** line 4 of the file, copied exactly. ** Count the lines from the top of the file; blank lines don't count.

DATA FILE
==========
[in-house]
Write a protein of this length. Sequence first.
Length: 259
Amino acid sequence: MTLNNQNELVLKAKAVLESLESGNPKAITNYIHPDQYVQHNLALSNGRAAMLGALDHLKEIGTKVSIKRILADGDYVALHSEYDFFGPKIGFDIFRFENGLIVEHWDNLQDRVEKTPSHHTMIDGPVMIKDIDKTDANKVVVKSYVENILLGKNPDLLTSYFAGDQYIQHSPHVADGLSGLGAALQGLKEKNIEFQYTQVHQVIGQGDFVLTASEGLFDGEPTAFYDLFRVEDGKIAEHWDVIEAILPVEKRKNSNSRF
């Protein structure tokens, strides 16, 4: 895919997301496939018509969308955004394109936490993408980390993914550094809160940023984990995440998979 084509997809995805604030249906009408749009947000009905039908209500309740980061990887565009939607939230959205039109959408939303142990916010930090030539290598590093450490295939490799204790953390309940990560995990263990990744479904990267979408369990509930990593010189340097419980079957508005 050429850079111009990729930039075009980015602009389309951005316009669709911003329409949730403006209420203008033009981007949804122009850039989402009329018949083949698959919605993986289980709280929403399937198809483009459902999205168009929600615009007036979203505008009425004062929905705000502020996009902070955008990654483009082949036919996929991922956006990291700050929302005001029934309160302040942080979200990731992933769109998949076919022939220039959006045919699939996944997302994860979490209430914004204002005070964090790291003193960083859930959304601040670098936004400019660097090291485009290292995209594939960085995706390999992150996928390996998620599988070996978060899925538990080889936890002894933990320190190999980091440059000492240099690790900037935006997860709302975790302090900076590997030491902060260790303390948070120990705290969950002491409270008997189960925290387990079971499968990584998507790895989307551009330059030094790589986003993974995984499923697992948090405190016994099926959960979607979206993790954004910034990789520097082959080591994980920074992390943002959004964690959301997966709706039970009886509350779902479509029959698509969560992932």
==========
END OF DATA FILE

Amino acid sequence: MTLNNQNELVLKAKAVLESLESGNPKAITNYIHPDQYVQHNLALSNGRAAMLGALDHLKEIGTKVSIKRILADGDYVALHSEYDFFGPKIGFDIFRFENGLIVEHWDNLQDRVEKTPSHHTMIDGPVMIKDIDKTDANKVVVKSYVENILLGKNPDLLTSYFAGDQYIQHSPHVADGLSGLGAALQGLKEKNIEFQYTQVHQVIGQGDFVLTASEGLFDGEPTAFYDLFRVEDGKIAEHWDVIEAILPVEKRKNSNSRF